But what is the strategic advantage India enjoys in terms of its demographic potential? Simply put, India has a relatively higher proportion of a youthful population than the developed economies such as Korea, Japan and Europe. Experts estimate the size of India's workforce population will swell from 77.5 crore in 2008 to 95 crore in 2026. Additionally, by 2020, the average Indian will be only 29 years old, compared to 37 years in China and US; 45 years in West Europe; and 48 years in Japan. In effect, in eight years, workers elsewhere would have crossed the prime of their working lives, inching towards retirement with claims on a working and youthful shrinking population — a demographic handicap.

In India on the other hand, their counterparts would be at the peak of their productivity and earning potential supporting a smaller non-working population, and thereby saving enough to provide investments for further growth.

It is now a popular perception, bordering on myth that India's youthful population contributed significantly to the acceleration in economic growth since the 1980s. Since the late 1990s, India's growth potential has turned its fertility trends from a millstone to catalyst.

So what causes a handicap (rising population) to become dividend? Growth, of course.

Till the late 1980s policymakers never tired of casting the blame for poor growth on India's growing population. When economic expansion became a palpable possibility with reforms and the unleashing of industrial capacity, the demand for robust working-age numbers grew. Suddenly, there was a need for those burgeoning numbers of the young and India's demography turned into a strategic advantage.

Yet it was not long into the growth story that captains of industry, policymakers and educationists began to talk of a shortage of skilled labour. How could that be the case in a country like India with its favourable working age ratios, or its expanding educational base?

A report published by the Confederation of Indian Industry (CII) and the Boston Consulting Group (BCG) in 2010 offered clues to India's demographic dividend complexities. In manufacturing the report estimates that even with technological change, automation, improvements in overall productivity of 5-7 per cent (in real terms) to 2025, India will still lack a trained workforce of around 50-60 million.

So India's growth to 2009 was accompanied by two factors: a rising level of productivity of 4 per cent a year to 2007, and an employment total that fell far short of requirement. This despite the fact that the working age ratio was in India's favour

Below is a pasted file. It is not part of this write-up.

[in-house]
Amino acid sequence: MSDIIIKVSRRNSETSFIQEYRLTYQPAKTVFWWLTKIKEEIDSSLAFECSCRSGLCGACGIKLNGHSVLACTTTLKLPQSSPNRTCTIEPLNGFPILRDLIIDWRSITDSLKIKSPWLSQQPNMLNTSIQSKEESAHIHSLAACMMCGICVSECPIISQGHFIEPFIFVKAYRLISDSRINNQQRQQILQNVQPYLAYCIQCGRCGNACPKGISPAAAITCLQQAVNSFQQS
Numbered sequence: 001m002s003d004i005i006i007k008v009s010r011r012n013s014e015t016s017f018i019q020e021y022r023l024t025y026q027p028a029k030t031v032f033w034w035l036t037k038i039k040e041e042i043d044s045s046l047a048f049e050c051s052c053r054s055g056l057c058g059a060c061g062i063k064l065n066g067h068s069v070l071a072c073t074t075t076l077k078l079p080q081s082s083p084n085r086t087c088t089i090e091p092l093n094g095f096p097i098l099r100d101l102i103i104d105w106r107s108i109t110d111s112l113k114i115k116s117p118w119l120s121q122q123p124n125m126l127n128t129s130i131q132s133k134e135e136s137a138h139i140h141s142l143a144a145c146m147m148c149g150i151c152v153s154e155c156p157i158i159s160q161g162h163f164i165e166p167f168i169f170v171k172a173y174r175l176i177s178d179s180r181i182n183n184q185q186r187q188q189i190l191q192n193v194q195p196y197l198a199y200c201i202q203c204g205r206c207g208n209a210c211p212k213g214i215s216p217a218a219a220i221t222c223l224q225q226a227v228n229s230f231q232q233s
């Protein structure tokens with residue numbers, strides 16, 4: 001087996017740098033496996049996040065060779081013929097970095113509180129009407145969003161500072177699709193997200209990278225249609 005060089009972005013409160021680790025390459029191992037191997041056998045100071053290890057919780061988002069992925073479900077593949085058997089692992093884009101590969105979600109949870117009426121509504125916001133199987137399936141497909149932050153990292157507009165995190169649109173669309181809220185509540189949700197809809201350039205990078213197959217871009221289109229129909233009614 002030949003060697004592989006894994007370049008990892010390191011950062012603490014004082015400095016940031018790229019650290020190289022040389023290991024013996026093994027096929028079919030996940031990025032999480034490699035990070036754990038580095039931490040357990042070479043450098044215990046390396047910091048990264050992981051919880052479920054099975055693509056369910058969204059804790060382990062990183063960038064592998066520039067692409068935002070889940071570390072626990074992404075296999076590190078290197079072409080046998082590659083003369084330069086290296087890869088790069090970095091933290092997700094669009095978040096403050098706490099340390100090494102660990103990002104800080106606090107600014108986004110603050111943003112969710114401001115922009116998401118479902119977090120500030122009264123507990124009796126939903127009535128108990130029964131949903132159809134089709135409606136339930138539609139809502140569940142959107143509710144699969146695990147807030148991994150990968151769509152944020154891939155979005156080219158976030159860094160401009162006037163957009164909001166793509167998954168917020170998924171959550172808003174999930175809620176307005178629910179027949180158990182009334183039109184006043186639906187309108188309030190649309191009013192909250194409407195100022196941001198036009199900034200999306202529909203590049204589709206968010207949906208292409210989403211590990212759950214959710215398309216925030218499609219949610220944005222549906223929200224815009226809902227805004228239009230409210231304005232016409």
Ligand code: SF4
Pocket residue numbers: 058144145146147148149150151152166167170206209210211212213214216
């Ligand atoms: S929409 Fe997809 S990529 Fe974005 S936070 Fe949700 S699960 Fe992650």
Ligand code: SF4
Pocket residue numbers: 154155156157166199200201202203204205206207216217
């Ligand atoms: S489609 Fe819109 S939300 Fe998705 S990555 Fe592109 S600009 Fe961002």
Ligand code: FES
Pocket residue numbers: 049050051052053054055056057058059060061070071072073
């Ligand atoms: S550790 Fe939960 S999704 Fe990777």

The ‘talent gap' explained the anamoly of rising growth and falling employment. But there was something more than rising productivity slowing the rate of employment — the emergence of contract labour in factory employment. The use of temporary labour was taking its toll on regular fixed employment.

This was disturbing because it represented the spread of the existing form of employment in the informal sector that accounts for more than a third of total employment.

Looking back, growth itself was regionally uneven. The fact that it centred in southern and western States as various studies have attested meant that the demographic dividend was also working for these States blessed with growth and rising employment especially in the urban and IT sectors.

The working population

According to economists the “working population” in India is set to rise considerably over the next decade or more. India's “dependency ratio,” that is the number of dependents to working people is low at 0.6, compared with the developed countries.

That DR is going to decline with fertility rates continuing to fall. Interestingly, the annual average rate of decline in fertility rates has been higher in the twenty years after 1990 than it was in the two decades since 1970.

India has a large population in the 0-15 years that would continue to enter the work force just when fertility rates are falling. By the same token the dependency ratio will fall further with lesser children being born in the current period of falling fertility rates.

This suggests India's demographic graph has a “bulge” in the centre, a concentration of people in the age group that constitutes a nation's potential work force, its storehouse of talent, energy and scalable achievement. That is India's “Demographic Dividend.”

Given the skewed pattern of growth and the fact noted by the IMF that the working ratio is high in poorest States; that most employment is located in the informal sector and that factory employment is increasingly contract-driven, India's demographic dream may turn into its nightmare.